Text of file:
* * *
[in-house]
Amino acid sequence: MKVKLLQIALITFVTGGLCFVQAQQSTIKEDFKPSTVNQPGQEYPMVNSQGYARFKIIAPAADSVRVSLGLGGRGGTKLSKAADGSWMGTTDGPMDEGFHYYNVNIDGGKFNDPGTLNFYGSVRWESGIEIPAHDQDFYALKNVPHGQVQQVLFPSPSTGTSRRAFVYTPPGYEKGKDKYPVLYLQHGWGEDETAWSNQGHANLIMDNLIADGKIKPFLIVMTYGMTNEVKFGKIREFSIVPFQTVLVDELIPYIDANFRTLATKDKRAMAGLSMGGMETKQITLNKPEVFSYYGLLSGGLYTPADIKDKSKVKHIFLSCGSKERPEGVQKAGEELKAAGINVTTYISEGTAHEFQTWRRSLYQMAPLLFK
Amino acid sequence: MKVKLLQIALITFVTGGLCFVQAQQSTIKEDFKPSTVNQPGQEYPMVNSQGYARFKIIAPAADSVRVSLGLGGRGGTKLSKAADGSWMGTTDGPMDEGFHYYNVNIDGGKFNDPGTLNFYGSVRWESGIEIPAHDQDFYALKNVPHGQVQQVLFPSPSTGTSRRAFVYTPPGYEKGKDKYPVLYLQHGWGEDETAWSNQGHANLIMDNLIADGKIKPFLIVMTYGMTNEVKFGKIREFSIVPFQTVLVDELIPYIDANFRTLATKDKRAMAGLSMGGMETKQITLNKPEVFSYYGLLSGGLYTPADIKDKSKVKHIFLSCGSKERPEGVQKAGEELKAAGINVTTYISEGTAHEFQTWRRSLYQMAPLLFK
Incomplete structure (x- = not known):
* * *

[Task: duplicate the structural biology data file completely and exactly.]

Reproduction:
[in-house]
Amino acid sequence: MKVKLLQIALITFVTGGLCFVQAQQSTIKEDFKPSTVNQPGQEYPMVNSQGYARFKIIAPAADSVRVSLGLGGRGGTKLSKAADGSWMGTTDGPMDEGFHYYNVNIDGGKFNDPGTLNFYGSVRWESGIEIPAHDQDFYALKNVPHGQVQQVLFPSPSTGTSRRAFVYTPPGYEKGKDKYPVLYLQHGWGEDETAWSNQGHANLIMDNLIADGKIKPFLIVMTYGMTNEVKFGKIREFSIVPFQTVLVDELIPYIDANFRTLATKDKRAMAGLSMGGMETKQITLNKPEVFSYYGLLSGGLYTPADIKDKSKVKHIFLSCGSKERPEGVQKAGEELKAAGINVTTYISEGTAHEFQTWRRSLYQMAPLLFK
Amino acid sequence: MKVKLLQIALITFVTGGLCFVQAQQSTIKEDFKPSTVNQPGQEYPMVNSQGYARFKIIAPAADSVRVSLGLGGRGGTKLSKAADGSWMGTTDGPMDEGFHYYNVNIDGGKFNDPGTLNFYGSVRWESGIEIPAHDQDFYALKNVPHGQVQQVLFPSPSTGTSRRAFVYTPPGYEKGKDKYPVLYLQHGWGEDETAWSNQGHANLIMDNLIADGKIKPFLIVMTYGMTNEVKFGKIREFSIVPFQTVLVDELIPYIDANFRTLATKDKRAMAGLSMGGMETKQITLNKPEVFSYYGLLSGGLYTPADIKDKSKVKHIFLSCGSKERPEGVQKAGEELKAAGINVTTYISEGTAHEFQTWRRSLYQMAPLLFK
Incomplete structure (x- = not known):